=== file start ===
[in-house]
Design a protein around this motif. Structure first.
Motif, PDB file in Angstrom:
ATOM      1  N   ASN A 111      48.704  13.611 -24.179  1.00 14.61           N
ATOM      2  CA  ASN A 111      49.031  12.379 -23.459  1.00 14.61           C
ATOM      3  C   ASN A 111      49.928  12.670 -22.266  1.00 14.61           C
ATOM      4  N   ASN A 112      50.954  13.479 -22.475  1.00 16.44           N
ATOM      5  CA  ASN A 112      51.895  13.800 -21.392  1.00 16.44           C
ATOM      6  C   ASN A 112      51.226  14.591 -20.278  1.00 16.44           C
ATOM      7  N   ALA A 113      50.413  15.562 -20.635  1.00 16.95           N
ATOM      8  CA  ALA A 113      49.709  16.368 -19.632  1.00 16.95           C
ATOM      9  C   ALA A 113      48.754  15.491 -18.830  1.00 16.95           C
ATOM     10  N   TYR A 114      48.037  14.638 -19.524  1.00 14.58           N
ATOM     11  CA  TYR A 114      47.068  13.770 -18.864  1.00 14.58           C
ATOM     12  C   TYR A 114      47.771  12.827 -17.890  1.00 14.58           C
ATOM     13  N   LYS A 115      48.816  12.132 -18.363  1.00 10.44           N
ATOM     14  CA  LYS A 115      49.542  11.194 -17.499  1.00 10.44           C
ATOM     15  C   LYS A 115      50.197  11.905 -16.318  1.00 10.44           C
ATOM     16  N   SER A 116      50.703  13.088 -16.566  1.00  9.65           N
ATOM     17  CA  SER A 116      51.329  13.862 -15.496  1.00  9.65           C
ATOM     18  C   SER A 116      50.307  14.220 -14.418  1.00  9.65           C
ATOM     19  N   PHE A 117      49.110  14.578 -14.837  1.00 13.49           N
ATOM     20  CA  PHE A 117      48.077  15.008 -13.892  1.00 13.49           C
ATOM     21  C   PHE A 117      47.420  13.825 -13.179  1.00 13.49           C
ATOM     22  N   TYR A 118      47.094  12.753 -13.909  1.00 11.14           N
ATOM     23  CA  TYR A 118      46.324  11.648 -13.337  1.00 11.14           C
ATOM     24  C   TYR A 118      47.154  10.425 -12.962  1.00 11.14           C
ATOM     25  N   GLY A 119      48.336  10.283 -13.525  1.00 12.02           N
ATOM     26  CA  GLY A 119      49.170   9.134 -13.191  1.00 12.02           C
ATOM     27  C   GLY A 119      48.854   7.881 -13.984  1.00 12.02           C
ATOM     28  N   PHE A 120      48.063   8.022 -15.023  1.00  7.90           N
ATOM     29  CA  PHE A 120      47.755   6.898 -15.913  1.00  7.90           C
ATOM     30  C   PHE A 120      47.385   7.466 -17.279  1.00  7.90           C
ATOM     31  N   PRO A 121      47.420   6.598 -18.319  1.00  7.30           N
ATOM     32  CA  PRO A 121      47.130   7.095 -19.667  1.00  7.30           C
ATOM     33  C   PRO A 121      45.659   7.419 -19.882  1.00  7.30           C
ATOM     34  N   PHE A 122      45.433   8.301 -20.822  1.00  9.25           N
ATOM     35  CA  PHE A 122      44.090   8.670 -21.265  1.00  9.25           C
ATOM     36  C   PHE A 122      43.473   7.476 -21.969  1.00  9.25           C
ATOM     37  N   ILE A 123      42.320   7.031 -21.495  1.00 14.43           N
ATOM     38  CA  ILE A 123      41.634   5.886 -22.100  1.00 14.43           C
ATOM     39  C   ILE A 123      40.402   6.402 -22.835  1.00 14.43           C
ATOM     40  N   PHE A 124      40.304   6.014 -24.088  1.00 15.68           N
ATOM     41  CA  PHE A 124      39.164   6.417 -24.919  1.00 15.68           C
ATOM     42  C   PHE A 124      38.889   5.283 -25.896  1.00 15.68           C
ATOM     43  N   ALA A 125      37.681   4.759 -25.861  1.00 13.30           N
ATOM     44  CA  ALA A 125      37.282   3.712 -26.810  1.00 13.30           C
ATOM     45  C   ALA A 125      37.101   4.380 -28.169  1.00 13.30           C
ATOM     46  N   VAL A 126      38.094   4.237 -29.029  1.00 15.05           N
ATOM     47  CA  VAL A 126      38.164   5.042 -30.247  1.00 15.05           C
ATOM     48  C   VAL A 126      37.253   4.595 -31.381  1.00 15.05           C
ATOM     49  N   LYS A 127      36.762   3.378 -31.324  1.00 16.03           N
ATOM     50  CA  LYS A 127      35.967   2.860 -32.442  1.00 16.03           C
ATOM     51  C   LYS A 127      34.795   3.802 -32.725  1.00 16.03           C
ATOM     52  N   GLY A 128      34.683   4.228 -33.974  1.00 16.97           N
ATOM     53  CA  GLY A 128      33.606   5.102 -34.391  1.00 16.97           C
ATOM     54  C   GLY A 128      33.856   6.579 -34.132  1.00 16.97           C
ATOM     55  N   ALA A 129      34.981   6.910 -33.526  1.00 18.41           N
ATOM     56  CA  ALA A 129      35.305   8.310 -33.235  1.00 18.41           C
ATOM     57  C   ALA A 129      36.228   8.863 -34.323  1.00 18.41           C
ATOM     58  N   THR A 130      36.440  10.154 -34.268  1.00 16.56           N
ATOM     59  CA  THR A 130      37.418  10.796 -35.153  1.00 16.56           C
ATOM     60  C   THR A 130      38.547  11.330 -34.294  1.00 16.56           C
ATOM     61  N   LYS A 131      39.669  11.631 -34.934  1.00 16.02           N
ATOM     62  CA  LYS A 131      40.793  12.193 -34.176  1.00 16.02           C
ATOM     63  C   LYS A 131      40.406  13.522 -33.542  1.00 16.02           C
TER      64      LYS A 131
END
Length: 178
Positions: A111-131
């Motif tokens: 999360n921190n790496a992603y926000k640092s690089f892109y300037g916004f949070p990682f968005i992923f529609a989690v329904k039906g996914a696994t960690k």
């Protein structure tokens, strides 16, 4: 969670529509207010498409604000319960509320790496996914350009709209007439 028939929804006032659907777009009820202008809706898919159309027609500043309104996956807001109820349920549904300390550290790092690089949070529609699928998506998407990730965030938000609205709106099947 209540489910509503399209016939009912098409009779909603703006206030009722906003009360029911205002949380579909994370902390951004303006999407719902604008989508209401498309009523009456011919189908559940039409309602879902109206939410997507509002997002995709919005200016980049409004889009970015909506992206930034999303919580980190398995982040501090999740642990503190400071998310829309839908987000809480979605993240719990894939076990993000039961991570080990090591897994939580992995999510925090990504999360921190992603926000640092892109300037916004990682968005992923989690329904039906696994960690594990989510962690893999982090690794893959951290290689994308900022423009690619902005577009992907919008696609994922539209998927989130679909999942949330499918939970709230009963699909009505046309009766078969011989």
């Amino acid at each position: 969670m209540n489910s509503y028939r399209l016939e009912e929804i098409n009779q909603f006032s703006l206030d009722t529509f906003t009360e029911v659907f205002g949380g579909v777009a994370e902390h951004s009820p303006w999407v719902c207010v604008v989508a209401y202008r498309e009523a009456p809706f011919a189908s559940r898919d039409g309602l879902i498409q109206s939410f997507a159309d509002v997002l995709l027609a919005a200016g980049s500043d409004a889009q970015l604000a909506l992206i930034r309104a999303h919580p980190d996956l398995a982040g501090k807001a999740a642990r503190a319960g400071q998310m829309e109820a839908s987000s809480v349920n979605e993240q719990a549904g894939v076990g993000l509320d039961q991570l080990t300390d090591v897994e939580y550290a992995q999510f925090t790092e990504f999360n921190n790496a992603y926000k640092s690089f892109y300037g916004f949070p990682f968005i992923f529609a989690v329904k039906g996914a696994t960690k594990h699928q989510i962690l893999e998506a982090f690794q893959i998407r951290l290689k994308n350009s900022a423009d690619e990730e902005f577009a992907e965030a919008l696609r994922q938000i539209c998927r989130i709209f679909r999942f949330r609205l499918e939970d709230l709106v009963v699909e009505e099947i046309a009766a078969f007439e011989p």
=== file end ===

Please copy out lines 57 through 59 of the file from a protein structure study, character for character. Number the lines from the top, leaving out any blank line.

ATOM     54  C   GLY A 128      33.856   6.579 -34.132  1.00 16.97           C
ATOM     55  N   ALA A 129      34.981   6.910 -33.526  1.00 18.41           N
ATOM     56  CA  ALA A 129      35.305   8.310 -33.235  1.00 18.41           C